Nov 10, 2014

Gallivanting through Grafton

Not long ago, Grafton, Ill., wasn't much more than a sleepy river town that just happens to be perfectly positioned where the Illinois River runs into the Mississippi River.  In fact, the Great Flood of 1993 almost washed Grafton off the map.  Even now, the official population stands at 675 people, according to the last U.S. Census. 

But since then, the tourists have been showing up in ever-increasing numbers.  Grafton had always had a devoted following among bird watchers due to its proximity to a bald eagle nesting area.  Pere Marquette State Park and its lodge have also attracted visitors for a long time.  But then wineries came, followed by the art galleries, specialty stores and other tourist traps.  Now, you can even zipline, parasail or hit a water park (summer only, of course).  

Still, Grafton retains much of its original small river town charm.  So, a few weeks ago, my girlfriend and I were among the hundreds of tourists to descend on Grafton and take advantage of the last blast of warm weather this fall.

The first place we found after parking our car in one of the public lots along the river was the Piasa Winery and Pub, which takes its name from a mythical bird that was believed to inhabit the bluffs nearby.

I hate making decisions. 
I was drawn to here not by the wine, but instead by a sign out front advertising $6 Fruli Strawberry beers.  No better time to try something new, right?  Although, the other options on tap were numerous and intriguing. 

Thankfully, the Fruli did not disappoint.  It was probably a little fizzier and fruitier in taste than the Abita Strawberry harvest, one of my personal favorites. I’d still give Abita a slight edge, but I could easily drink the Fruli all day during the summer.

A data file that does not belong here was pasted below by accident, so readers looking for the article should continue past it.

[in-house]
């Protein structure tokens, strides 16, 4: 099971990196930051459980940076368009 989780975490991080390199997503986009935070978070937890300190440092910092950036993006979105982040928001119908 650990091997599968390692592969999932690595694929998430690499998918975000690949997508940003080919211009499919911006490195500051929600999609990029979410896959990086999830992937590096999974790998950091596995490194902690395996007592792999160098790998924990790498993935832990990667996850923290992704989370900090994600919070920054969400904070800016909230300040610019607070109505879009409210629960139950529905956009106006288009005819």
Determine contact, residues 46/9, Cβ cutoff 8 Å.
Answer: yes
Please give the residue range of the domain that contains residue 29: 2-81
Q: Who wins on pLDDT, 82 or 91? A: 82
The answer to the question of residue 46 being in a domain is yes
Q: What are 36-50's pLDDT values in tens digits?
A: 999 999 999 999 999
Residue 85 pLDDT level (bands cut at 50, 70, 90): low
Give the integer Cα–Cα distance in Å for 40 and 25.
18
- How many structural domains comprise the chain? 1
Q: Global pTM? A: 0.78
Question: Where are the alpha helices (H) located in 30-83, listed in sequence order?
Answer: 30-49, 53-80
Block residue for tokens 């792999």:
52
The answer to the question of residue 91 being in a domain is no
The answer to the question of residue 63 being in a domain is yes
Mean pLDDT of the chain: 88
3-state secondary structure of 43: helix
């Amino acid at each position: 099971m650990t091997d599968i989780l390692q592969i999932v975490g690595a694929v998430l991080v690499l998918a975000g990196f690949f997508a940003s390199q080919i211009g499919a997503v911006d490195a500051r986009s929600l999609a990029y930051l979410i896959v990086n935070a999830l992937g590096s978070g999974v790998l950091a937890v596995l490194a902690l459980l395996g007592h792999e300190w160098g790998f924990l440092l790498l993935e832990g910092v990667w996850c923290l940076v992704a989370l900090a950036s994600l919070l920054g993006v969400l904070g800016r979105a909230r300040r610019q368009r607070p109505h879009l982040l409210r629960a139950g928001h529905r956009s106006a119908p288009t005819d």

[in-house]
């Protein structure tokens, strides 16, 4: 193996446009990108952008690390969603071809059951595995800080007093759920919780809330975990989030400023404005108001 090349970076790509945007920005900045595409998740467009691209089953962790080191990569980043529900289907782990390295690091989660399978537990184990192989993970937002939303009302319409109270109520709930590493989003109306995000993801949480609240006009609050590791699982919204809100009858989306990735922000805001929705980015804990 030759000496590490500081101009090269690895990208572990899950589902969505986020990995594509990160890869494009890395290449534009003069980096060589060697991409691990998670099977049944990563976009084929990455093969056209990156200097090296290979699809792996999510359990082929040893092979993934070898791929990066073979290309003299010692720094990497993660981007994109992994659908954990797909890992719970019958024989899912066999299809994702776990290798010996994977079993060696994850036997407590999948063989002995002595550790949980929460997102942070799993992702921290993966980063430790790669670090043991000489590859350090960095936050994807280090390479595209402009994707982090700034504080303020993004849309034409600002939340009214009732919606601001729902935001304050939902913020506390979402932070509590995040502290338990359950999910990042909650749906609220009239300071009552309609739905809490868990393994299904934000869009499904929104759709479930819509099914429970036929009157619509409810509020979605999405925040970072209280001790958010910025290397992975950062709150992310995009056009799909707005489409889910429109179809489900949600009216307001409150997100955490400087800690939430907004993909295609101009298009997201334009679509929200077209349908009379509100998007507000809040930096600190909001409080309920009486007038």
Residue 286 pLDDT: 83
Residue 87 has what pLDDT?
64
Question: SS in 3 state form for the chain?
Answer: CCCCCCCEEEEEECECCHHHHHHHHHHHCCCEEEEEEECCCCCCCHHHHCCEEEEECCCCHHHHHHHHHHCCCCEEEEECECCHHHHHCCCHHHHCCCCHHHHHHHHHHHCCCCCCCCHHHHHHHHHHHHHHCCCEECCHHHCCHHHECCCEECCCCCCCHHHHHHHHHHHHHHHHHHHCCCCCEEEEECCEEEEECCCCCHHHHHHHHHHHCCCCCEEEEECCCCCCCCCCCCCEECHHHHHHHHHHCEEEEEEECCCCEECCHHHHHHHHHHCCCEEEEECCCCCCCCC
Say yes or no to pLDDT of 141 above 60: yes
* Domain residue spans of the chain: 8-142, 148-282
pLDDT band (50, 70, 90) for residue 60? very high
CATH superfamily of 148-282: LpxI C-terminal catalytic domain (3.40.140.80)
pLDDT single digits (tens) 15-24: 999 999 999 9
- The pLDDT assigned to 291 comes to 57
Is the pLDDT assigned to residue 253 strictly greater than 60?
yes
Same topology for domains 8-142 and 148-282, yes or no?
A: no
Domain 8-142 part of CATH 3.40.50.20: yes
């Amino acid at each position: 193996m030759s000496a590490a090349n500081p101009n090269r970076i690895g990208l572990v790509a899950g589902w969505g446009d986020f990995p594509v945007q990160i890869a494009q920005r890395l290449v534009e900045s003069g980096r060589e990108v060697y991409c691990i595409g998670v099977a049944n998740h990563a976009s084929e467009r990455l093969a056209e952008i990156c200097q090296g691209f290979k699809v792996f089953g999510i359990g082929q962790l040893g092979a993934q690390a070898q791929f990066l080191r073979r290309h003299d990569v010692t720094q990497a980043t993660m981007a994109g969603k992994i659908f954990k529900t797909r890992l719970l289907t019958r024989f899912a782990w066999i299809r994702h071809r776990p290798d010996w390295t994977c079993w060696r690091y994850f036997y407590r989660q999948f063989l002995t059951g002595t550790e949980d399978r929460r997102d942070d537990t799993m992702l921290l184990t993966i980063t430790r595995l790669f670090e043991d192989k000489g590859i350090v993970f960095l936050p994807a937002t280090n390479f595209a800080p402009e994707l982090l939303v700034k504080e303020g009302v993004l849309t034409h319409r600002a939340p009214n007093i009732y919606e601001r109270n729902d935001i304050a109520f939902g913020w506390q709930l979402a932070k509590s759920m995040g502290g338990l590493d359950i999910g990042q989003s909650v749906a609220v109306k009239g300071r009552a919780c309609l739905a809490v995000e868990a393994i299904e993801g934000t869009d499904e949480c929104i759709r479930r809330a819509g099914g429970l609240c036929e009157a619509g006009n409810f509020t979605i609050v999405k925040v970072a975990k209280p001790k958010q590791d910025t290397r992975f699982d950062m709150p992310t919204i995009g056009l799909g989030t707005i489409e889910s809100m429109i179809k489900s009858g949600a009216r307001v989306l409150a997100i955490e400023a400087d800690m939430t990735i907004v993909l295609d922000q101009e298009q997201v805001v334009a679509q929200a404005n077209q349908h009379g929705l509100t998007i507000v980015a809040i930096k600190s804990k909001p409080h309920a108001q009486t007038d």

Tastes just as good outside.
With the crowd a little overwhelming inside, we stepped outside and “lucked” into seating on the patio.  It turned out to be a double-edged sword, since the service left a lot to be desired, and the food we ordered (spinach and artichoke dip and chips and a cup of jambalaya) was ordinary at best.  I’m not a fan of finding cold spots in my food. 

Still waiting on the food ... should have read the online reviews first.
And although I’d like to excuse the place due to the large crowds, I've noticed other reviews aren't too kind on the service, either.  Oh, well.  I have no complaints whatsoever about the bar.  I’d give it another shot for drinks, anyway. 

It really is a nice viewpoint. 
On we strolled across the highway to the largest winery and brewpub in Grafton, and frankly probably the town’s biggest draw for those who love their libations – the Grafton Winery & Brewhaus.  The picture gives you just a small indication of how large the property is. 

No sooner had we settled into the Brewhaus to share a tasty nut brown ale made on-site than we learned out friends Sue and Terry Hupp were also in Grafton.  We made plans to meet them and drove down the road to a Sue Hupp kind of bar – the Hawg Pit.